Last Updated S012019


Unit Name Electrical Utilisation Engineering
Unit Code BEE301S
Unit Duration 1 Semester

Bachelor of Science (Engineering)

Duration 3 years    

Year Level Three
Unit Creator / Reviewer N/A
Core/Sub-discipline: Sub-discipline
Pre/Co-requisites BSC107C, BEE108S
Credit Points


Total Course Credit Points 81 (27 x 3)

Mode of Delivery Online or on-campus. 
Unit Workload (Total student workload including “contact hours” = 10 hours per week; 5 hours per week for 24 week delivery)
Pre-recordings / Lecture – 1.5 hours
Tutorial – 1.5 hours
Guided labs / Group work / Assessments – 2 hours
Personal Study recommended – 5 hours

Unit Description and General Aims

The objective of this unit is to provide students with broad knowledge of the many ways the majority of generated electricity is utilised in day-to-day activities. Areas of utilisation covered in this unit include: lighting (illumination engineering); heating (heating appliances and furnaces); electrical welding; electroplating; climate control applications; and, electric traction. Each of these areas includes discussions of several types of devices, their characteristics, and advantages and disadvantages. Students will also undertake a project to design the illumination and heating of a facility in an industrial context. At the completion of this unit, students will have be given the requisite information to work with systems that utilise electrical energy in day-to-day living, and in industrial and transportation operations.

Learning Outcomes

On successful completion of this Unit, students are expected to be able to:

  1. Explain the different types of electrical illumination sources, their control-gear, and compare the relative merits of different sources.
    Bloom’s Level 4
  2. Design a general illumination system based on the accepted principles of aesthetics and visual comfort, and a control system to optimise power usage.
    Bloom’s Level 6
  3. Analyse available electrical heating methods and use simple computations to assess their applications.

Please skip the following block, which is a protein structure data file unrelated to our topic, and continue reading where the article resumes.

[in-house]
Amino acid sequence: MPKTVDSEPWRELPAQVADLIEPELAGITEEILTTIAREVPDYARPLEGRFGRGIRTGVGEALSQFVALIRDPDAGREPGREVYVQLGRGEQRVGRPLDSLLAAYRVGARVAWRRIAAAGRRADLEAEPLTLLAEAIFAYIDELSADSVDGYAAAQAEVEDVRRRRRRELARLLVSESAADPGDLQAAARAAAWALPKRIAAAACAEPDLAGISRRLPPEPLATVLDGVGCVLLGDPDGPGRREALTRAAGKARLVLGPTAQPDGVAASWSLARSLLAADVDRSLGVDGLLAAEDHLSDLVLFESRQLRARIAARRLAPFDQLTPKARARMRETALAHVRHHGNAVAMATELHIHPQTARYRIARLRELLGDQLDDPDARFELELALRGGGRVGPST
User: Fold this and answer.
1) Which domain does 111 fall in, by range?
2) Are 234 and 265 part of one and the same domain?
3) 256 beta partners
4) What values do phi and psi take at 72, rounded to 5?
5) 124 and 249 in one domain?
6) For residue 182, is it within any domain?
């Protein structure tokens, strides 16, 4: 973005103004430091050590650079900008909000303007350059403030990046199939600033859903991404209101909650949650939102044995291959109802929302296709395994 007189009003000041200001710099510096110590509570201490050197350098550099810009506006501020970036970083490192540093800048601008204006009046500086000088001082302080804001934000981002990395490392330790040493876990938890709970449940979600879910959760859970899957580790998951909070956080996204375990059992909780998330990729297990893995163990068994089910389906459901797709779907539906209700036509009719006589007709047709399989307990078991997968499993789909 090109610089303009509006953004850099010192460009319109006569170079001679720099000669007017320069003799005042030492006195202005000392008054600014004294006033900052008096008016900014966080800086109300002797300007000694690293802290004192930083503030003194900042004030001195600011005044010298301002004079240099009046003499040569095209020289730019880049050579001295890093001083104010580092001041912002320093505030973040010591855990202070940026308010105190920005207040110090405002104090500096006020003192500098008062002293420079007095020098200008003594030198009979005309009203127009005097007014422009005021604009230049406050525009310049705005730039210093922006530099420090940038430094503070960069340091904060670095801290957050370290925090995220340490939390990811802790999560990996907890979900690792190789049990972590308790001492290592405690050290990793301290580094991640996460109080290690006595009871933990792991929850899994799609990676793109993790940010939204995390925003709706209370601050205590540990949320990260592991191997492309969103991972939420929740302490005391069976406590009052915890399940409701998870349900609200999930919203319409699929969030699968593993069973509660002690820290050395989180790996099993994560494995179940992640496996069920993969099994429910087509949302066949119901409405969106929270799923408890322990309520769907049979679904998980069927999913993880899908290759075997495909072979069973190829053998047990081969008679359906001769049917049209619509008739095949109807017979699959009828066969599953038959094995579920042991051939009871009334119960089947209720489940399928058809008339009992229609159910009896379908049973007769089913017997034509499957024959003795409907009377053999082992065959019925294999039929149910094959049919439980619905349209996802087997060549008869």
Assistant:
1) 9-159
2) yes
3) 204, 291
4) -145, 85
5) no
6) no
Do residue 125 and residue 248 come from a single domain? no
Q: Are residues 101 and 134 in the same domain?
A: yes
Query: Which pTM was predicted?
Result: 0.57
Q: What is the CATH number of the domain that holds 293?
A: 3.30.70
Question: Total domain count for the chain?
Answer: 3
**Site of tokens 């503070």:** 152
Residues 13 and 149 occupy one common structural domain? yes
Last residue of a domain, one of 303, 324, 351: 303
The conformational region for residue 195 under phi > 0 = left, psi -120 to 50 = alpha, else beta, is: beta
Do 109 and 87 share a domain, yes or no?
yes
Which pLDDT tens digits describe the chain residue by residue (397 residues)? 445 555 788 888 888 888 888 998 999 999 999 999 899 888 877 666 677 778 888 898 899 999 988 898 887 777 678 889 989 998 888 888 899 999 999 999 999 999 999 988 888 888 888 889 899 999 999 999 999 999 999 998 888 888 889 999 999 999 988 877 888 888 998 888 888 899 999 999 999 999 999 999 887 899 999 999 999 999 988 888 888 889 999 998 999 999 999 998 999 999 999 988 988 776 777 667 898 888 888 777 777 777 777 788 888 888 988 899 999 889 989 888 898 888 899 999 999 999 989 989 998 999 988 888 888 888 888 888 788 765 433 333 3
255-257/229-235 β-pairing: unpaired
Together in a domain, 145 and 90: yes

Bloom’s Level 4
  4. Evaluate the different industrial operations using electricity, such as welding and plating.
    Bloom’s Level 5
  5. Analyse using numerical computations the use of electricity in industrial refrigeration and climate control applications.
    Bloom’s Level 4
  6. Explain and compare the different types of electrical traction systems and their applications using appropriate numerical calculations.
    Bloom’s Level 4

Student assessment

Assessment Type When assessed Weighting (% of total unit marks) Learning Outcomes Assessed

Assessment 1

Type: Multi-choice test / Group work / Short answer questions / Practical / Remote Lab / Simulation

Example Topic: Illumination Engineering.

Students will complete a quiz with MCQ type answers to 30 questions to demonstrate a detailed knowledge of illumination requirements and design methods.

Due after Topic 5 15% 1, 2

Assessment 2

Type: Multi-choice test / Group work / Short answer questions / Practical / Remote Lab / Simulation

Example Topic: Electrical heating and welding.

Students will complete a test with about 20 questions consisting of numerical problems and short answer questions (each to be answered in less than 100 words and explanatory diagrams) to demonstrate a detailed knowledge of electrical heating and welding applications in industry.

Due after Topic 9 20% 3, 4

Assessment 3

Type: Multi-choice test / Group work / Short answer questions / Practical / Remote Lab / Simulation /Project / Report

Example Topic: Students will undertake a project to design the illumination and heating of a facility in an industrial context.

Due after Topic 11 20% 2, 3

Assessment 4

Type: Examination

An examination with a mix of detailed essay type questions and numerical problems to be completed within 2 hours.

Final Week 40% All

Attendance / Tutorial Participation

Example: Presentation, discussion, group work, exercises, self-assessment/reflection, case study analysis, application.

Continuous 5%  

Prescribed and Recommended Readings

Required textbook(s)

S. Sivanagaraju, M. Balasubba Reddy, D. Srilatha, Generation and Utilization of Electrical Energy. Pearson Education, 2010 - ISBN 978-8131733325

Reference Materials

Taylor, EO, (SI Edition) 1971, Utilisation of Electric Energy, Orient Longmans, ISBN 81 250 1640 6

‘Light, Photometry and Illumination’ by Barrows, William Edward. McGraw Hill
References from the Internet - an example of a document on power supply arrangements for railway traction can be found in: Chapter I: Power Supply for Traction.

Unit Content

Topics 1 and 2

Fundamentals of illumination

1. Nature of light. Light as electromagnetic radiation
2. Visible and invisible parts of the spectrum; colour and its relation to the radiation frequency
3. Definitions
4. Traditional light sources, their construction, and working principles: